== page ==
The long national nightmare is almost over. Exhibition games will soon be a thing of the past, at least for another year, and we can finally get down to the brass tacks of trying to figure out 2012. You already know I'm not much a fan of Spring Training, but here's another reason why I'm down on it: it seems like every statement about the month March has to come with the disclaimer of "it's just Spring Training, it doesn't matter." And I'm not trying to argue the opposite.
As far as the average fan is concerned, Spring Training is just practice to get ready for the marathon of the season. Like Formula 1, the testing means not a lot until you've driven the car in anger. Kevin Towers has put together a team, or a prototype car, if you will, that might work on paper. Or it might be the F2012, and look like dog food. Even in Spring Training things might not work right, but it's hard to put much stock simply because the factors don't match the real competition of the season.
So let's put this to bed, shall we?
If Spring Training doesn't matter, the strawman I just created might ask, then why do we endure it? Beyond the historical and economic reasons that teams still draw upon, there's a distinct exchange between MLB and fans. For the league, teams and players get a chance to pocket a little extra cash and do a little workout, while fans get a more intimate opportunity to watch their favorite players. Originally Spring Training was exclusively in areas that had no team and had no foreseeable chance at a major league franchise. There's a reason why Spring Training exists exclusively in Florida, Arizona, and (historically) the South.
There is real work to be done for teams, but most of it is frankly boring for the fans. Who cares about some no name roster invitee? So what if the fifth guy in the rotation is working on a new pitch that he'll throw just as bad as the others, or that the defense is really focusing on fundamentals? Most of the actual work that goes into playing the game is distance and obtuse to the fan, and it's probably better that way.
Fans generally care about the big picture. What does Spring Training mean for the real thing? Is the team going to be as bad/good as they were in March? The standard response is that it doesn't matter, but there has been some work that suggests that there is a slight correlation between the Spring winning percentage and the regular season.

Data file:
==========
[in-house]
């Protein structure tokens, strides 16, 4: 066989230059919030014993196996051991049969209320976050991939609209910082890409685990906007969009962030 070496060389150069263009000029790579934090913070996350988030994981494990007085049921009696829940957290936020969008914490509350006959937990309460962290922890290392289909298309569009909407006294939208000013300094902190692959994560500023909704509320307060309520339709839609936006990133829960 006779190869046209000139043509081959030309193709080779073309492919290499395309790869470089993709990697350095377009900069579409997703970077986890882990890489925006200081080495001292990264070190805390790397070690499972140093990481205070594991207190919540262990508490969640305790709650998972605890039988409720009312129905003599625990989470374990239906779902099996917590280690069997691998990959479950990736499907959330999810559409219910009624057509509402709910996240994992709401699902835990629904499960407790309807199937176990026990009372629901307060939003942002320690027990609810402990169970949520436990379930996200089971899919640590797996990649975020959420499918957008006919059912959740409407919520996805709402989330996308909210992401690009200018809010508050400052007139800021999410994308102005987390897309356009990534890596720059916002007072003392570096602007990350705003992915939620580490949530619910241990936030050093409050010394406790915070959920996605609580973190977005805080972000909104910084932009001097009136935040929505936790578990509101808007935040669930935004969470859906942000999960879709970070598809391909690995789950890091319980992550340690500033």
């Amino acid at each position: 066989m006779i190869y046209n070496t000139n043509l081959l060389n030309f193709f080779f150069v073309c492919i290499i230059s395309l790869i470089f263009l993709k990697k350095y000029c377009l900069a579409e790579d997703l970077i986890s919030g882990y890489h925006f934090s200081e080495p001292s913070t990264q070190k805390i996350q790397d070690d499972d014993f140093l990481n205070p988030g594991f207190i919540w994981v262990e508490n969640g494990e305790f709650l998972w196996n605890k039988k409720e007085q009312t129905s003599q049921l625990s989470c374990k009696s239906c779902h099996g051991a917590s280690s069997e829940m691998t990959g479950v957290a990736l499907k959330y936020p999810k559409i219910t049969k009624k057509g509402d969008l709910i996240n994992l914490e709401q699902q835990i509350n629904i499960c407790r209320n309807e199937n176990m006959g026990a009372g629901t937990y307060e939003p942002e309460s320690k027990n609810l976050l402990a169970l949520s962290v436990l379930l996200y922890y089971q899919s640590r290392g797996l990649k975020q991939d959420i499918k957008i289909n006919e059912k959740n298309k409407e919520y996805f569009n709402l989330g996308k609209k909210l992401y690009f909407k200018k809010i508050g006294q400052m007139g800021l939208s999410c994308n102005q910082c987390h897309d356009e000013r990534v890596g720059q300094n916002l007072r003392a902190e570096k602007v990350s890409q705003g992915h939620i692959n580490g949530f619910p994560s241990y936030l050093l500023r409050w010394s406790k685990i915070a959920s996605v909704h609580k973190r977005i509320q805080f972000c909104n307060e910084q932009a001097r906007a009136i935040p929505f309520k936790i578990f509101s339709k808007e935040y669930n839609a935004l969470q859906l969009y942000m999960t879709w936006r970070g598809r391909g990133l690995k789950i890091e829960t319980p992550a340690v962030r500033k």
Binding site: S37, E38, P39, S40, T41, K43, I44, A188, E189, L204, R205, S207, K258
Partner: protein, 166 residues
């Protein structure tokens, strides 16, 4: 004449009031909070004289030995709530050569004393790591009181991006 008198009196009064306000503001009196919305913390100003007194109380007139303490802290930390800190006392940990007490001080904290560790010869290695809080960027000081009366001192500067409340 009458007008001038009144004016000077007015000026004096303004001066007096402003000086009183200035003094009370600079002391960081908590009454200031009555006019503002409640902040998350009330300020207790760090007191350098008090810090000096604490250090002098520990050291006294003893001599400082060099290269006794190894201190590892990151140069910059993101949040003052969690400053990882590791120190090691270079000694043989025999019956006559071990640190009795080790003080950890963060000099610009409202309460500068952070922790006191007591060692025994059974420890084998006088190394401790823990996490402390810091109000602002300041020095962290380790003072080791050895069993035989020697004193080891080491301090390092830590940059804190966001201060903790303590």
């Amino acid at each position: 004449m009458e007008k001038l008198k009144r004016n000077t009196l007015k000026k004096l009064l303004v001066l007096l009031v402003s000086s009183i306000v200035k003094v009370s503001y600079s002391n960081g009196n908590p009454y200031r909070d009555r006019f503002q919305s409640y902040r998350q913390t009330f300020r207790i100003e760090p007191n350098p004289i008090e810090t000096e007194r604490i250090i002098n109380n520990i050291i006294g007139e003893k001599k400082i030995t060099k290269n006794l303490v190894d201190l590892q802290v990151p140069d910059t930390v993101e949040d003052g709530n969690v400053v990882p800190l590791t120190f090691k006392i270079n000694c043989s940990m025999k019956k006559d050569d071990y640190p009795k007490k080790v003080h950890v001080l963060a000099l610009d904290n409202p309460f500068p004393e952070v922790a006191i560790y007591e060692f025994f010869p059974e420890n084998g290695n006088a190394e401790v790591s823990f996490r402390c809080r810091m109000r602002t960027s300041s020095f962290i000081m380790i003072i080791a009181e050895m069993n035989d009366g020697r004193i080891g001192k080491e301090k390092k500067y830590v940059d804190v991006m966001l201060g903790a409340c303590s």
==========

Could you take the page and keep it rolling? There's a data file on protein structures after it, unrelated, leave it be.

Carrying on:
I decided to run just the Diamondbacks and see how predictive Spring Training could be. Usual disclaimers of small sample size are in effect. I started with just a simple ST win % vs. regular season win %, thinking to myself that there are good reasons to believe it wouldn't be particularly significant, if at all.
Okay, so a slight correlation but not statistically significant. That's not surprising, given that the roster that performs in March is certainly not the same that performs for the entire season, or even necessarily the majority of the season. So I next looked at whether there was any correlation between just Spring Training and April, the month that should be most similar to ST.
Hm. Slightly less correlation between ST and April records. I'll admit I'm a bit surprised, but perhaps that's because April has a largely static roster, while ST is more similar to a long regular season that should feature a rotating cast as players underperform or are injured. Record can be deceptive, though, so perhaps there's a better relationship between runs scored or runs allowed. Again, it would be logical to assume that April would be more similar to ST than the regular season, especially for pitchers.
Again, ST is more predictive of the entire season for RS, than for April. In fact, there's virtually no correlation between ST and April for offense. As far as batters are concerned, the two months are just two different months, yet April seems to have some predictive power for the entire season.
In the reverse of the batters, ST seems to better predict April than the rest of the season. This intuitively makes sense, as pitchers are on strict pitch counts at the beginning of ST, meaning more low level pitchers see time and consequentially give up runs. Also, pitchers need more time to stretch out, as it were, than batters.
So if ST best predicts the regular season win percentage, where does that leave the Diamondbacks for 2012? The first analysis produced an equation of Expected W% = .3313x + .3239 and the Diamondbacks had a win % of .433. That comes out to a number of .467, or a record of 76-86.
Well, let's hope that the correlation is as weak as it seems.
(Of course, last year the D-backs had a particularly poor Spring, and still managed to turn the season around, largely through the play in the second half.)